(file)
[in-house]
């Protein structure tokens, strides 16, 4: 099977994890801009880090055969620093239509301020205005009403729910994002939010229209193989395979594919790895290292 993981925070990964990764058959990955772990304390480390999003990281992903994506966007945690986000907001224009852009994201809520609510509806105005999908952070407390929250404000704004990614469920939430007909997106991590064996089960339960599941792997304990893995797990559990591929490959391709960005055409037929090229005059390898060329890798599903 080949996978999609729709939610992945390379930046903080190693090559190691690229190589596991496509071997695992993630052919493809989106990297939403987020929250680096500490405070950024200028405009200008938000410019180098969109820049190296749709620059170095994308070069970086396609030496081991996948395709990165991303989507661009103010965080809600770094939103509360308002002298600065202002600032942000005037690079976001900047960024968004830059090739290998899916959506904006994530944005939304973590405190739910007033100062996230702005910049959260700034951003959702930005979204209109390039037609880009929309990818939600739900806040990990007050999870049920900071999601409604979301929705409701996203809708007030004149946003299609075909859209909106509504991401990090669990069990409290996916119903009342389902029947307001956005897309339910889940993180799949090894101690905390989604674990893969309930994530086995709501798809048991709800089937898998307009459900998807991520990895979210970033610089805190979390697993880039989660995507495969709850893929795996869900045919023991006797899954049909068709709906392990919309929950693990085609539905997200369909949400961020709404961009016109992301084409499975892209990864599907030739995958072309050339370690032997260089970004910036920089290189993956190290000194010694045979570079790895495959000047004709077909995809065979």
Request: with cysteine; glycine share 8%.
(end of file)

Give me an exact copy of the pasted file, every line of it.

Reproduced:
[in-house]
């Protein structure tokens, strides 16, 4: 099977994890801009880090055969620093239509301020205005009403729910994002939010229209193989395979594919790895290292 993981925070990964990764058959990955772990304390480390999003990281992903994506966007945690986000907001224009852009994201809520609510509806105005999908952070407390929250404000704004990614469920939430007909997106991590064996089960339960599941792997304990893995797990559990591929490959391709960005055409037929090229005059390898060329890798599903 080949996978999609729709939610992945390379930046903080190693090559190691690229190589596991496509071997695992993630052919493809989106990297939403987020929250680096500490405070950024200028405009200008938000410019180098969109820049190296749709620059170095994308070069970086396609030496081991996948395709990165991303989507661009103010965080809600770094939103509360308002002298600065202002600032942000005037690079976001900047960024968004830059090739290998899916959506904006994530944005939304973590405190739910007033100062996230702005910049959260700034951003959702930005979204209109390039037609880009929309990818939600739900806040990990007050999870049920900071999601409604979301929705409701996203809708007030004149946003299609075909859209909106509504991401990090669990069990409290996916119903009342389902029947307001956005897309339910889940993180799949090894101690905390989604674990893969309930994530086995709501798809048991709800089937898998307009459900998807991520990895979210970033610089805190979390697993880039989660995507495969709850893929795996869900045919023991006797899954049909068709709906392990919309929950693990085609539905997200369909949400961020709404961009016109992301084409499975892209990864599907030739995958072309050339370690032997260089970004910036920089290189993956190290000194010694045979570079790895495959000047004709077909995809065979």
Request: with cysteine; glycine share 8%.